and the data set organisation are discussed and defined for each instrument. Many parameters
used within the archive are applicable to all instruments on a mission, and these 'mission-wide'
issues are agreed upon during the DAWG meetings as well.
All data providers are strongly encouraged to use the same data formats and data sets internally
as those that will be delivered to the PSA. This way, only one data pipeline is required,
converting from raw instrument telemetry through to archivable products. The development of
the data pipeline is closely monitored by the PSA through the DAWG meetings and individual
meetings and teleconferences. An 'Archive Scientist' is appointed for every mission to support
the development of the archives and provide immediate consultancy to all teams, ensuring that
the data sets being constructed are compliant to the PDS Standards required by the PSA, and that
all necessary data/information is provided for an end-user to manipulate the data.
Consultancy is also provided to support the instrument teams with their documentation. All teams
are required to include a number of documents in their data sets. Chief among these is
the Experiment to Archive Interface Control Document (EAICD), which can be found in the DOCUMENT
directory for all ESA planetary mission data sets. The EAICD provides a full description of the
data set(s) being archived by an instrument, including a summary of the data pipeline, the
structure of the data products, data sets and any calibration or geometry information provided.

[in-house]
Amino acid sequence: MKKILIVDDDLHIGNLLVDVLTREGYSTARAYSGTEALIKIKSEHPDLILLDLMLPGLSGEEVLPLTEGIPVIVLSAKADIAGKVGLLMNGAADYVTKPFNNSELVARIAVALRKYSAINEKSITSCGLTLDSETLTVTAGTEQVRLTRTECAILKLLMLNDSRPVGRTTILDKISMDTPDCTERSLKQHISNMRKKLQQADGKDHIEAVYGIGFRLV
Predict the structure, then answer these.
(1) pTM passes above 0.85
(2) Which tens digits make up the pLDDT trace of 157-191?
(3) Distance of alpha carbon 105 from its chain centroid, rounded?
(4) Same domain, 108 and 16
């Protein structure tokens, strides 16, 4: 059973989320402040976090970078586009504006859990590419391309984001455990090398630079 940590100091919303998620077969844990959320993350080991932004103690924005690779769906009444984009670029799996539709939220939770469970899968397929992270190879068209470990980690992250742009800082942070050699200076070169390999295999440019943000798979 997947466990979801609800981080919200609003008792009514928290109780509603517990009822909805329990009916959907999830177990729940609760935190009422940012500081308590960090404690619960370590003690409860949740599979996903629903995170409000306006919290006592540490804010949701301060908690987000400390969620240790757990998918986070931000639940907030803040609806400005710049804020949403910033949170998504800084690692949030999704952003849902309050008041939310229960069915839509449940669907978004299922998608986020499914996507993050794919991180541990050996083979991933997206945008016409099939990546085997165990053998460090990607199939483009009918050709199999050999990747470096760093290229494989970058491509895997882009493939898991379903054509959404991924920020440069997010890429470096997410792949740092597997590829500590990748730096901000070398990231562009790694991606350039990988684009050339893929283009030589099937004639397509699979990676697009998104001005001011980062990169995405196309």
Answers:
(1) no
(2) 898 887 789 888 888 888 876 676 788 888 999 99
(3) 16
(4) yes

This document should be the starting point for anybody when trying to understand a data set.
The aim is to have data pipelines and supporting documentation prepared before launch so that
a team can immediately begin delivering data without the need for considerable development
during the active mission phase. During the mission, data are delivered to the PSA at regular
pre-determined intervals. Typically deliveries are made every 3 to 6 months, although this depends
upon how active a mission is in collecting data (e.g. cruise phase deliveries may be more sporadic
if a spacecraft is not actively collecting science data for longer periods).
All data from ESA's planetary missions have a proprietary period, usually between 6 and 12 months.
During this time, the data are only available to instrument team members. At the close of the
proprietary period, the data are released and made available to any user via the PSA.
At the close of a mission's active operations, the archive will undergo a period of maintenance
during which updates from the Principal Investigator teams are accepted and supplementary data
sets can be added to the PSA for long-term archiving. This should be the closing phase of an
archive, preparing the data for long-term storage and ensuring that all data within the archive
will be useful and understandable in years to come without further significant updates.
Each phase of the archive process is controlled by a corresponding peer review, during which
external experts are asked to validate the data and documentation for their suitability for
long-term archiving. Typically, the review process follows the three major steps in archive
- first review phase concentrating on the EAICD and the initial pipeline
- second review phase concentrating on the first data delivery
- third review phase reviewing the full archive at the end of a mission